Sustainable Consumption refers to “the use of services and related products, which respond to basic needs and bring a better quality of life while minimising the use of natural resources and toxic materials as well as the emissions of waste and pollutants over the life cycle of the service or product so as not to jeopardise the needs of further generations”1. In more recent years, the scope has been expanded to not only cover the environment but also include social and economic aspects.
Sustainable Consumption is not just about buying more sustainable products but also includes the way of living, going beyond mainstream consumption practices. Some examples of a more sustainable lifestyle include refusing to consume when not necessary, taking unsustainable options out of the market and switching from products to services.
It has an essential role in efforts to achieve the Sustainable Development Goals (SDGs) and the 2030 Agenda for Sustainable Development. Among the 17 SDGs established by the United Nations in 2015, at least three are directly related to Sustainable Consumption. They are namely Goal 12: “Ensure Sustainable Consumption and Production Patterns”; Goal 14: “Conserve and Sustainably Use the Oceans, Seas and Marine Resources” and Goal 15: “Sustainably Manage Forests, Combat Desertification, Halt and Reverse Land Degradation, Halt Biodiversity Loss”. The Aichi Biodiversity Targets of the Convention on Biological Diversity has also identified the linkage between biodiversity and sustainable consumption in the document Biodiversity and the 2030 Agenda for Sustainable Development Technical Note.”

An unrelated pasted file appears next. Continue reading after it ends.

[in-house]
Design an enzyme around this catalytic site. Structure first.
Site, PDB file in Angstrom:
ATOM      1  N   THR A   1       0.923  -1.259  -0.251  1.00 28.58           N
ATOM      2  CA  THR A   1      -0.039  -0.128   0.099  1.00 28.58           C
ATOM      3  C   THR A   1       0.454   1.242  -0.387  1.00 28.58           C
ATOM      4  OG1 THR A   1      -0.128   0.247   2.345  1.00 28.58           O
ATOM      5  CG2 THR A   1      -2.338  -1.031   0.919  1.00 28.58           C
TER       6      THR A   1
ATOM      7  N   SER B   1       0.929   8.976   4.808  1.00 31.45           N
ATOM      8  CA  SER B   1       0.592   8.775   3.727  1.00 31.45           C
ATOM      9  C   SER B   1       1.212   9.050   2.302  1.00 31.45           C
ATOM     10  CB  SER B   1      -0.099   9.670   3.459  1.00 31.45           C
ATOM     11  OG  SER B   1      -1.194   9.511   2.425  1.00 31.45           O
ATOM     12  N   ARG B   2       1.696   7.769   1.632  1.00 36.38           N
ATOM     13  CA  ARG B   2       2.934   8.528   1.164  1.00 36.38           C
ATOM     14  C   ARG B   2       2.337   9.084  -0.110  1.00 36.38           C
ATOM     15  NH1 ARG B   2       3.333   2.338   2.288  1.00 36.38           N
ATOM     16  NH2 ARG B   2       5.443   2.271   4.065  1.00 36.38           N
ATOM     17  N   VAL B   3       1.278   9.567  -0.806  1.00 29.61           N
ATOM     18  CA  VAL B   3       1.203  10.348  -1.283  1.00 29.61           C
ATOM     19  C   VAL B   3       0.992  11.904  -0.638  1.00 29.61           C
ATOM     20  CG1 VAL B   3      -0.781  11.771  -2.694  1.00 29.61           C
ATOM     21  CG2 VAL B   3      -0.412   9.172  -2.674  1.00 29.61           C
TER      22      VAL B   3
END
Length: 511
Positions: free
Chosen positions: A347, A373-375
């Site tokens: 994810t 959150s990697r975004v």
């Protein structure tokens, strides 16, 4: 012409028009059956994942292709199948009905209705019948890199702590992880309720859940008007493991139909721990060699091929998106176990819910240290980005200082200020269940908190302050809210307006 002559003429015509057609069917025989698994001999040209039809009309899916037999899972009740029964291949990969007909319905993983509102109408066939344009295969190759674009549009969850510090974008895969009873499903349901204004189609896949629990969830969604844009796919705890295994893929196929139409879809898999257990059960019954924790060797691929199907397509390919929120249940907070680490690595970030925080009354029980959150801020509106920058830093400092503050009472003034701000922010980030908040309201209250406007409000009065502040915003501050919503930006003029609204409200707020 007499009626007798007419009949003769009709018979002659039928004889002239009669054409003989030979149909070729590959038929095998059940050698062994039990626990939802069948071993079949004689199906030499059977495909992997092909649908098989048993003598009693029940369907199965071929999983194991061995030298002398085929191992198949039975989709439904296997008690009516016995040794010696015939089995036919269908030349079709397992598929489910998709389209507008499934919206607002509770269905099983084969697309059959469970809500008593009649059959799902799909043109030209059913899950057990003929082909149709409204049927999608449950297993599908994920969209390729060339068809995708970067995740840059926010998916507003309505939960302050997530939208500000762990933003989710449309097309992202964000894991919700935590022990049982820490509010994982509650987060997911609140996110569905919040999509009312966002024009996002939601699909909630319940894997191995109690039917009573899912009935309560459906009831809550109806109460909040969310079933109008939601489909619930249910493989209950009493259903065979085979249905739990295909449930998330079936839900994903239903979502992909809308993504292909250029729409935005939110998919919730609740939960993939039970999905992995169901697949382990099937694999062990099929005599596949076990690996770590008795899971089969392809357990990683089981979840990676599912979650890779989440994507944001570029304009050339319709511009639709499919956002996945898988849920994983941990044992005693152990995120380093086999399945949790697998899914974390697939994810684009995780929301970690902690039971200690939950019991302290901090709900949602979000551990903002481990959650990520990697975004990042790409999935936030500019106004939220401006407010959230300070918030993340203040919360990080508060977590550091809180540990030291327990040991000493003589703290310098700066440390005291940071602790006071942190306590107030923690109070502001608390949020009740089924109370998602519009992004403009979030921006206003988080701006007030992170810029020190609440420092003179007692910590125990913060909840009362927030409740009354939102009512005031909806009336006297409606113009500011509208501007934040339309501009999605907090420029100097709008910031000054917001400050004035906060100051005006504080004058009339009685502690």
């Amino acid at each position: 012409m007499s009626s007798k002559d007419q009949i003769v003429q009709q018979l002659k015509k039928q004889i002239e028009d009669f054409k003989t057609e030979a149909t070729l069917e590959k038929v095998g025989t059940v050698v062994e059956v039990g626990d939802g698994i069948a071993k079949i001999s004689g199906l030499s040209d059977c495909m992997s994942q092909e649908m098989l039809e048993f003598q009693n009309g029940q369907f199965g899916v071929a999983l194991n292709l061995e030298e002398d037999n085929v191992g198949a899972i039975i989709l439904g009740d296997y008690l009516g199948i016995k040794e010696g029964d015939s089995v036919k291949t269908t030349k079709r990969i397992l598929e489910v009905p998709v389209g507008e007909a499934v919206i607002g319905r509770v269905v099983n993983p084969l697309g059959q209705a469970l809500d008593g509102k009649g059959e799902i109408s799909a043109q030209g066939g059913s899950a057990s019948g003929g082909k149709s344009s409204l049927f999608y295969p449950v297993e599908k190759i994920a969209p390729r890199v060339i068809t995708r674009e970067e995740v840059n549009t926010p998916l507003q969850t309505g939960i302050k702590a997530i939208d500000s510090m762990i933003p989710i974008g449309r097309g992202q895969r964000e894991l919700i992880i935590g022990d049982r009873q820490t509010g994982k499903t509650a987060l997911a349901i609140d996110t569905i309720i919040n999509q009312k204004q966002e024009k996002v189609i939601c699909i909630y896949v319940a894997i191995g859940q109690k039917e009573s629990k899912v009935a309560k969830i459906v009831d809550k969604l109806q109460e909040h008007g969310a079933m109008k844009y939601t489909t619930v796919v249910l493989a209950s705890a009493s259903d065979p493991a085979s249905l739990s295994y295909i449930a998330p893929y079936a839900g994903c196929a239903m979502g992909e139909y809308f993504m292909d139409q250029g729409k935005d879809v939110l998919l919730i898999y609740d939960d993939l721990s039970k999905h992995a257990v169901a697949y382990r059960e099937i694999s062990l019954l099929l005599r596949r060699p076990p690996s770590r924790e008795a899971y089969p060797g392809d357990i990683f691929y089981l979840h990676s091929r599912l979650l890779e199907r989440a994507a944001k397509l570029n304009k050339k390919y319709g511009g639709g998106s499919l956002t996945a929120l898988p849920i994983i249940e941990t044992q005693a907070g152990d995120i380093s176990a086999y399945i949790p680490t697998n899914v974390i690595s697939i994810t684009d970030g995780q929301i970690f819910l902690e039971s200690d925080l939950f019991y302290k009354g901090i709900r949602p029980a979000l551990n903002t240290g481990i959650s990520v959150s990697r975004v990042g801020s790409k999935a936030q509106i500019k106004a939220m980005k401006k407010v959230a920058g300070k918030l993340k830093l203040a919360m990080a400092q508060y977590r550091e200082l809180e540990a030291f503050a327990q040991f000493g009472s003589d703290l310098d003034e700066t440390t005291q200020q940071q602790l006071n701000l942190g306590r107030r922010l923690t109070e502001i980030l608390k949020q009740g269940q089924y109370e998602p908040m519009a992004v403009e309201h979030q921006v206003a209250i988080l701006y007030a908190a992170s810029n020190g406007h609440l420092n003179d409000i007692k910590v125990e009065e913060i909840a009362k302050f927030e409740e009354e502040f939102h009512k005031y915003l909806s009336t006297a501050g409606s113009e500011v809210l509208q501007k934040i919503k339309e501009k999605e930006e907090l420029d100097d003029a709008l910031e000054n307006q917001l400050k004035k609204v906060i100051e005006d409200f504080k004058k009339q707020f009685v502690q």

1 Oslo Roundtable on Sustainable Consumption and Production (1994). The Imperative of Sustainable Production and Consumption: Defining sustainable consumption. Accessible: http://enb.iisd.org/consume/oslo000.html